By the reorganization of the 28th October of 1808, it was incorporated in the Portuguese Army with the designation of Batalhão de Caçadores n.º 6 (Hunters Battalion n. 6). Its recruits came mainly from Porto city and surroundings ( the "Partido do Porto")
The 6th Battalion´s Commanding Officers were:
- Velho da Cunha, Lieutenant colonel, 20th July, 1808;
- António de Lacerda Pinto, Lieutenant colonel, 21st January, 1809;
- Sebastião Pinto de Araújo, Lieutenant colonel, 26th August, 1809;
- Tiago Pedro Martins, Major, 25th June, 1813;
- Peter Adamson, Lieutenant colonel, 4th May 1814.
The Caçadores were the elite light infantry troops of the Portuguese Army, in the late 18th and early 19th centuries. Caçadores is the plural of caçador, the Portuguese word for "hunter". It has also been used to designate each one of the elite light infantry soldiers of the Portuguese Army. As such it is a direct equivalent of the German military term Jäger, the French military term Chasseur, and the Spanish Cazador.
After the expulsion of General Junot's army from Portugal, British Army General William Beresford was recommended by Arthur Wellesley for the role and was appointed as Commander-in-Chief of the Portuguese Army on 7 March 1809. As part of Beresford reforms, Portuguese War secretary Miguel Pereira Forjaz proposed the creation of independent battalions of Caçadores and six would be created. Later in the Peninsular War, additional battalions and other units of Caçadores were formed due to the success of the original six battalions. Each battalion came to include a special Atiradores (sharpshooters) company armed with rifles. In the Anglo-Portuguese Army, some Caçadores units were integrated into the elite Light Division, brigaded with the British units of the 95th Rifles.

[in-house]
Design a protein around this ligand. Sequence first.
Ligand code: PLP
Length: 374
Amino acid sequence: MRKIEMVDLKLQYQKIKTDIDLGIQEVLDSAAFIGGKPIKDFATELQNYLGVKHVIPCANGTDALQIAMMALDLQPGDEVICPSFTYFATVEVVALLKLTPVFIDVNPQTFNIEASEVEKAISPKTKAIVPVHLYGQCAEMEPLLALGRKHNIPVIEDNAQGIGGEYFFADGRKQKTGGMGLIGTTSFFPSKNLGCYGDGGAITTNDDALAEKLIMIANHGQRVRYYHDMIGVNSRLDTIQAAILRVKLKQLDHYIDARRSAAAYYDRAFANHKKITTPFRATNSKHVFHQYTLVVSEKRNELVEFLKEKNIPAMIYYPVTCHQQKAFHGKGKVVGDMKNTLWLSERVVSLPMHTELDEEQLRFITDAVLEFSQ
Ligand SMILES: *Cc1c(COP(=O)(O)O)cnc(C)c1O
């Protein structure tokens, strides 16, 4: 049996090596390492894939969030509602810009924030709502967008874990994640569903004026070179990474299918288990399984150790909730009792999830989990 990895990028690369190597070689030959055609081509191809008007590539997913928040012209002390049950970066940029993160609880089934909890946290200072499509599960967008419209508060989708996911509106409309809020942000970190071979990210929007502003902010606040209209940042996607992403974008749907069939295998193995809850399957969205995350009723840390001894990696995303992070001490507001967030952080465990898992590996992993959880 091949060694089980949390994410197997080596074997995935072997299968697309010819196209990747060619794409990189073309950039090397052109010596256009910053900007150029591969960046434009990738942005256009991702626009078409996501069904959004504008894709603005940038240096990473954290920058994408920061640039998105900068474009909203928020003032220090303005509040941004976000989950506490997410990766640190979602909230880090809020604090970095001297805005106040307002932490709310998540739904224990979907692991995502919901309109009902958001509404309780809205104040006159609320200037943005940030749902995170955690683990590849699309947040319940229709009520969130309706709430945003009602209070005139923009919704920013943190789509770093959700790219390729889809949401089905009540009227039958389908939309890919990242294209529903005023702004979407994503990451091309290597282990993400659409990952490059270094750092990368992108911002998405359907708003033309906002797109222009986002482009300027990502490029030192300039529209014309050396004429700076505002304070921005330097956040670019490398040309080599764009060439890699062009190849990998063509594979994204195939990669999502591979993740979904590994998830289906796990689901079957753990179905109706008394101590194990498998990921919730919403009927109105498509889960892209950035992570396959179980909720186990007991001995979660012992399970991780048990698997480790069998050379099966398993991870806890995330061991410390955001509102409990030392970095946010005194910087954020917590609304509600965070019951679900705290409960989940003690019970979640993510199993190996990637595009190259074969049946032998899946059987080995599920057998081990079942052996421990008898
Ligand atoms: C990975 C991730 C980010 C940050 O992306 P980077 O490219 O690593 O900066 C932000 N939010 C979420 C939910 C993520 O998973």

One of the most distinctive features of the Caçadores was their brown uniform. The brown uniform was chosen as a form of camouflage, considered more appropriate to the dry lands of the Iberian Peninsula than the traditional green uniforms used by the light infantry of most other countries in Europe. During the Peninsular War, the Caçadores became especially notable in the performance of marksmanship at long distances. Arthur Wellesley referred the Portuguese Caçadores as the "fighting cocks" of his Anglo-Portuguese Army.
The 6th Battalion´s most relevant actions in Portuguese soil against the French Imperial Army occurred in the battles of Roliça (August 17, 1808) and Vimeiro (August 23, 1808), as part of the Trant Brigade, and the Buçaco battle (September 27, 1810) integrating the Campbell Brigade.
The 6th Battalion was one of the most active units in the Anglo-Portuguese Army, fighting its way across Spain and well into into French territory, from Fuentes de Oñoro to Toulouse: